Aciman, Andre. “Out of Egypt: A Memoir”, Picador, 2007.
Quite a Family
“Out of Egypt” is the book that made me a Andre Aciman fan and I am so happy now that others have been introduced to him via the film adaptation of “Call Me By Your Name”. Now only does Aciman always have a good story to tell but he tells each of them in gorgeous prose. Perhaps his best story is that one his family that we meet in “Out of Egypt”. This is a memoir that looks at the Aciman clan from their arrival to Alexandria, Egypt to its defeated departure three generations later. We meet some wonderful characters— Uncle Vili, a proud daredevil, soldier, salesman, and spy; two grandmothers, the Princess and the Saint, who were able to gossip in six languages; Aunt Flora, the German refugee who warns that Jews lose everything “at least twice in their lives” to name a few as a start. We also meet Andre, a boy who, even as he longs for a wider world, does not want to be taken out of Egypt.
Andre was born and raised in Alexandria, Egypt but considered his nationality to be French. His family were Sephardic Jews who had wandered from Italy to Turkey and then settled in Egypt. His father owned a woolen mill and his parents were very wealthy, as were the other members of the larger family who lived with them or gathered regularly for elegant meals and special occasions. They had no common language and only a few of them learned Arabic. They hid their Jewishness when Nasser was in power as this a time of high Arab nationalism, intense anti-Semitism and then war. Eventually they went to Paris, leaving behind much of their wealth but little of their culture. Aciman gives us a very rich and captivating portrait of a Jewish family that experienced many adventures and as many disappointments. Here Aciman redeems the social life, customs, and history of a community that barely exists today amid an inhospitable milieu, due to political turmoil in close and remote lands. While this is something of a nostalgic account of that family, it is also a look at a community that was but is no more. The Acimans came to Alexandria, Egypt, in 1905, long before young Andre‚ was born. There they lived in splendor as Aciman’s great-aunts and –uncles made and lost fortunes, despised the Arab natives, and survived two world wars. The family rose to, and fell from, the heights of government and European-Egyptian society, and by the late 1960s the entire clan had either died, emigrated, or been expelled from their adoptive home.
Aciman begins his memoir with a visit to Great-uncle Vili, the first of the family to emigrate. Vili was in his 80s then and had become a genteel and gentile Englishman: Because of his service to the British during WW II (even while remaining faithful to Italian Fascism), he was granted a country estate in Surrey, where he lived out his life as Dr. H.M. Spingarn. Vili’s sister Esther, Aciman’s grandmother and one of the last to leave Egypt and she was a European grande dame who dined at Alexandria’s Sporting Club, fingered produce in the market, and bargained mercilessly with the local merchants. She smuggled money out of Egypt for years before she was expelled along with her sister Elsa and Aciman and his parents. Aciman paints quite a portrait of a bygone time without idealizing his colorful ancestors. Much of their interest is, in fact, in their pettiness, spitefulness, and bigotry. “They were simultaneously assimilated, anti-Semitic, and practicing Jews; masters of their Egyptian servants and “Dogs of the Arabs.” Aciman’s father was an unrepentant philanderer and his deaf mother was a source of shame. We see Aciman, himself, as an as observer of the family’s deterioration.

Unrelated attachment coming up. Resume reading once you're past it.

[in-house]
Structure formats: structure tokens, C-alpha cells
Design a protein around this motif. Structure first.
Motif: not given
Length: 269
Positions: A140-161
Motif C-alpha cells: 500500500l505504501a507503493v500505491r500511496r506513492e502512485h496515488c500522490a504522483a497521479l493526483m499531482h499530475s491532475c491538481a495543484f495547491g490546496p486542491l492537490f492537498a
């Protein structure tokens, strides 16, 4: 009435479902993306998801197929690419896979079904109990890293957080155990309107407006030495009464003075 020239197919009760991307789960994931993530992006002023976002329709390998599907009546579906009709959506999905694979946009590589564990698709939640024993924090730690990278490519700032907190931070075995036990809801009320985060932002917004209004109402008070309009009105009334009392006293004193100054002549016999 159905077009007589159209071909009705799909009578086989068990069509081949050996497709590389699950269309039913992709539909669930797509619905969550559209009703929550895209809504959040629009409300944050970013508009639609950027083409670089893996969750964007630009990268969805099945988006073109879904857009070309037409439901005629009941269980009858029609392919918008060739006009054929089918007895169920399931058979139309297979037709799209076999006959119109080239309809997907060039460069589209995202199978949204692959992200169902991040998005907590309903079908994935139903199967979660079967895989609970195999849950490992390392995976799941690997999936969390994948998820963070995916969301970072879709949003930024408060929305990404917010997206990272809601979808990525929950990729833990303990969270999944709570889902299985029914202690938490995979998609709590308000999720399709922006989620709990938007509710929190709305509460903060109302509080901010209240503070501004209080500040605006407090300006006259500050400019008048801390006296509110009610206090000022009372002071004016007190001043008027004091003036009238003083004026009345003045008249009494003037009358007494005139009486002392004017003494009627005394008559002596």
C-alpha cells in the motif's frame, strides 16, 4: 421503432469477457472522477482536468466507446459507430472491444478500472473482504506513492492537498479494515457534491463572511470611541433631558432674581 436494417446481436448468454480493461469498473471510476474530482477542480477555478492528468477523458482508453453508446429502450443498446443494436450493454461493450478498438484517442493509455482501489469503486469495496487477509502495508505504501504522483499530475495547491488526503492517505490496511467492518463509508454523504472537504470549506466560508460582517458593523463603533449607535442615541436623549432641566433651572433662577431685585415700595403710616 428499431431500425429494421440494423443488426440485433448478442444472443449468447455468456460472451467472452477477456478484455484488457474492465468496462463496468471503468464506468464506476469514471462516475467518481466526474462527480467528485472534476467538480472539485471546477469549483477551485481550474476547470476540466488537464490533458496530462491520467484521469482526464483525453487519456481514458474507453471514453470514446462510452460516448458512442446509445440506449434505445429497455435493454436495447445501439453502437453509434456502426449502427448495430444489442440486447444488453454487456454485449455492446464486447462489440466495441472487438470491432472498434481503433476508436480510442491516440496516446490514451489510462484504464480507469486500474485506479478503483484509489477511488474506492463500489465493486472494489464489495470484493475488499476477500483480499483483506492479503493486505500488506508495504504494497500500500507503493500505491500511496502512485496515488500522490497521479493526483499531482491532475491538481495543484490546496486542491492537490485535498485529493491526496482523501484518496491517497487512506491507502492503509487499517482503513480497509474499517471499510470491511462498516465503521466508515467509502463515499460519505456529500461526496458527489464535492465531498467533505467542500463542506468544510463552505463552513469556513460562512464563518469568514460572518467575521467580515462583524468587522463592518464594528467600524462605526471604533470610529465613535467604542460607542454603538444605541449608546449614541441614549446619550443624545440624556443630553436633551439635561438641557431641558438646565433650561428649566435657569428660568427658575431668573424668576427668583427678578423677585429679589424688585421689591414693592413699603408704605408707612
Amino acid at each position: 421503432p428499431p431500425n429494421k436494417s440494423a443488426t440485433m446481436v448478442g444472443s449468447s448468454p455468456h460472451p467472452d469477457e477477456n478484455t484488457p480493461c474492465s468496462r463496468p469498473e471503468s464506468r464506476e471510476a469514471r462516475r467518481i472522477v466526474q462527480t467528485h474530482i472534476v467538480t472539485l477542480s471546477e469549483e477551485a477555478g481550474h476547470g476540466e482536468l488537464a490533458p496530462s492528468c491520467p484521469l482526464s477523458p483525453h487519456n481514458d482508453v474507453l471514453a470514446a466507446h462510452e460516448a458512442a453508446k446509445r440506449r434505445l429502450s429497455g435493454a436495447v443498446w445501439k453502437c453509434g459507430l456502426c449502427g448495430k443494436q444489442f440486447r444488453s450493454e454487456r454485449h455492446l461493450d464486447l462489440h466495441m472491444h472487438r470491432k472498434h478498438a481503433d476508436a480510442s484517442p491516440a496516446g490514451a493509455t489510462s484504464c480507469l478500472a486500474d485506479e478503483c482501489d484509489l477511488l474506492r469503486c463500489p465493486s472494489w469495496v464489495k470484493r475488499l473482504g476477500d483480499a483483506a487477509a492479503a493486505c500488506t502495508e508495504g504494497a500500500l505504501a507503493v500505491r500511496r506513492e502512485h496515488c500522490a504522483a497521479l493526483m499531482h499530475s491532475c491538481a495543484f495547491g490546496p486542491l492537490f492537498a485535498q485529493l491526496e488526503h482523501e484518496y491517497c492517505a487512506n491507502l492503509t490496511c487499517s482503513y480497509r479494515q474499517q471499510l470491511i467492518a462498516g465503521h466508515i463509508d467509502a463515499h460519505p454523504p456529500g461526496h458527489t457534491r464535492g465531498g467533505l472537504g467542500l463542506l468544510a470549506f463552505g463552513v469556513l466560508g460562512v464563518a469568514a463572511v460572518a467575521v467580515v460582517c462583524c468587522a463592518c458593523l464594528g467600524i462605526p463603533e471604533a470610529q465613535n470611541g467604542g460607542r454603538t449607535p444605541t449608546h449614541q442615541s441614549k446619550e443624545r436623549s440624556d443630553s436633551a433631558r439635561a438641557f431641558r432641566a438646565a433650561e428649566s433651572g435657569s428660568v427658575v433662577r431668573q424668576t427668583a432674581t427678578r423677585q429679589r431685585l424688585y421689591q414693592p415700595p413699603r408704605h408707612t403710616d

I loved reading of a time when Jews lived in peace with their Muslim and Christian neighbors in Alexandria. Aciman does not mention anti-Jewish sentiments until after the Suez War. Aciman, like many “Egyptian” Jews preferred to hold European nationalities and in some cases some were French or Italian without ever having been in these countries. Europeans had their own courts in Egypt and did not fall under Egyptian Laws. For Aciman, life became unbearable after the waves of Nationalization in the early 60’s.
This is an Alexandria that no longer exists not just for Egyptian Jews. The population explosion in Egypt has transformed Alexandria beyond recognition but Aciman’s beautiful writing of Alexandria brings it back. Affluent Egyptian Jews who left Egypt in the fifties and sixties are not immediately thought of as refugees and there is little discussion on their issues of identity and affiliation in Egypt and elsewhere. Aciman shares some very funny moments and shows us that life can be amusing even with its dysfunction.